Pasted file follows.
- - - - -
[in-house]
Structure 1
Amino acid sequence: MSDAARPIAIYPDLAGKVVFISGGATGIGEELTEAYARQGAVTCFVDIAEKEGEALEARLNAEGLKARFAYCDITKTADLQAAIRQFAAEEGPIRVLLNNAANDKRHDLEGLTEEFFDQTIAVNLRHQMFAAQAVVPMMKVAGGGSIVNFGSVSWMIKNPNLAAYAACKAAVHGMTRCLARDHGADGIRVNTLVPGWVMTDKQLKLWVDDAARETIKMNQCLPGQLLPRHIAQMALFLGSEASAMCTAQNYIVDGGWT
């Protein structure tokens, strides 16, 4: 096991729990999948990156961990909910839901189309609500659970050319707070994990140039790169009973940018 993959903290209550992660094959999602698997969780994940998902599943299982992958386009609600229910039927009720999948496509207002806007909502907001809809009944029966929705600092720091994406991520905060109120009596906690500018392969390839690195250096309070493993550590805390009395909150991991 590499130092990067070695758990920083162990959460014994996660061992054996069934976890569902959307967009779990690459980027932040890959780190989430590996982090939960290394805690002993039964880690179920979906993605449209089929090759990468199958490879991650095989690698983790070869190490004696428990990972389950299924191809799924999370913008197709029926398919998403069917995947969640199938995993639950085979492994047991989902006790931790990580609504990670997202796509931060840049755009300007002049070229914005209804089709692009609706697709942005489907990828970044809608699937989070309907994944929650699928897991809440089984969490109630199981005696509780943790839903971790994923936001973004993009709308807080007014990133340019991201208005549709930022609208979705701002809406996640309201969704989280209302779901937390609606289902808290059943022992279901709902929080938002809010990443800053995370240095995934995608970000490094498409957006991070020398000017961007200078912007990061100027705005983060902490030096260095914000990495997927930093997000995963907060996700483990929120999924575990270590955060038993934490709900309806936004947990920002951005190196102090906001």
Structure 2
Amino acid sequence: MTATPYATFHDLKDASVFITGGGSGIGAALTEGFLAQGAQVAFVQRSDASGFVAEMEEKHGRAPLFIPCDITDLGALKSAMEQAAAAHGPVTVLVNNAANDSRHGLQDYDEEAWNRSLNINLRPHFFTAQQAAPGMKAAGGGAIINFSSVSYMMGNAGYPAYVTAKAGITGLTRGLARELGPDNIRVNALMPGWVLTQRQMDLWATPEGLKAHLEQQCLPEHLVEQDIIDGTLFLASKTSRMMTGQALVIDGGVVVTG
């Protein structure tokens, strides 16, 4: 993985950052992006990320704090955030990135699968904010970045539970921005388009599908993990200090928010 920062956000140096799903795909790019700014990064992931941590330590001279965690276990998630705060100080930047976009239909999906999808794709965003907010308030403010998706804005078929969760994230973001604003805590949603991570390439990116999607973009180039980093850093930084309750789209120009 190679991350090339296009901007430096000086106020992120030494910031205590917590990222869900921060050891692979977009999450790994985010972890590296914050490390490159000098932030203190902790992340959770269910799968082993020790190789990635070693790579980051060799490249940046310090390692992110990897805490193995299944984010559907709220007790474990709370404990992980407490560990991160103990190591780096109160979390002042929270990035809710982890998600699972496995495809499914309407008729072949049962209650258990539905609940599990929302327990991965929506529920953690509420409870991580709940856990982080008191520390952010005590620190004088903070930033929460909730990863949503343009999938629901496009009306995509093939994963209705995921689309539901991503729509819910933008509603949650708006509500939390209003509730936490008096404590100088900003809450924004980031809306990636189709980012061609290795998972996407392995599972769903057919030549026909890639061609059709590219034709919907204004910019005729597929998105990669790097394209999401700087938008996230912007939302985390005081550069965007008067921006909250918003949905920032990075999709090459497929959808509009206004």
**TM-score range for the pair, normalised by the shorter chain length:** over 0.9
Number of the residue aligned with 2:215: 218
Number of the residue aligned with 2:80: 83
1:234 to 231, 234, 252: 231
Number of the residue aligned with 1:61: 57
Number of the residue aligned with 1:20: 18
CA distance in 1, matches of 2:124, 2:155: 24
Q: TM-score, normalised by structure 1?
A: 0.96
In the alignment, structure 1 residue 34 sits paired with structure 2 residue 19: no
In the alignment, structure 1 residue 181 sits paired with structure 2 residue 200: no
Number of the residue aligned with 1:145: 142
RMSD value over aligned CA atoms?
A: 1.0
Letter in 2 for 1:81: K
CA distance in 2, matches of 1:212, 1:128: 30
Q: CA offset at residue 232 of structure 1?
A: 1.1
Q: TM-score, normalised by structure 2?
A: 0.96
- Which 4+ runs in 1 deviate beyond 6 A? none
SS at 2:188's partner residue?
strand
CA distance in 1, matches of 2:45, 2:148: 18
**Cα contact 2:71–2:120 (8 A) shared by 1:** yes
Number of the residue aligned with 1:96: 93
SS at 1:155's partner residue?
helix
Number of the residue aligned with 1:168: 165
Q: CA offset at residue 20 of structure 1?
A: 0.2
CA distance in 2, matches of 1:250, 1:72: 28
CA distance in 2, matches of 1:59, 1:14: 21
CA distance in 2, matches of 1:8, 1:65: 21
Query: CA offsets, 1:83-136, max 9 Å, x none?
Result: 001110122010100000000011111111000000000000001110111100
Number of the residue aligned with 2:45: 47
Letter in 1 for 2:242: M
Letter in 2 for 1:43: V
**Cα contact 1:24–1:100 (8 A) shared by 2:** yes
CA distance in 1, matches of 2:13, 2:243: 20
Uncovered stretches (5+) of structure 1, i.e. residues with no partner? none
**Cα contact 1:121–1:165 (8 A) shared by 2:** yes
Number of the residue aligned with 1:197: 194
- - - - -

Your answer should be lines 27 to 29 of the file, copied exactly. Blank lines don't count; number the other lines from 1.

A: 0.96
- Which 4+ runs in 1 deviate beyond 6 A? none
SS at 2:188's partner residue?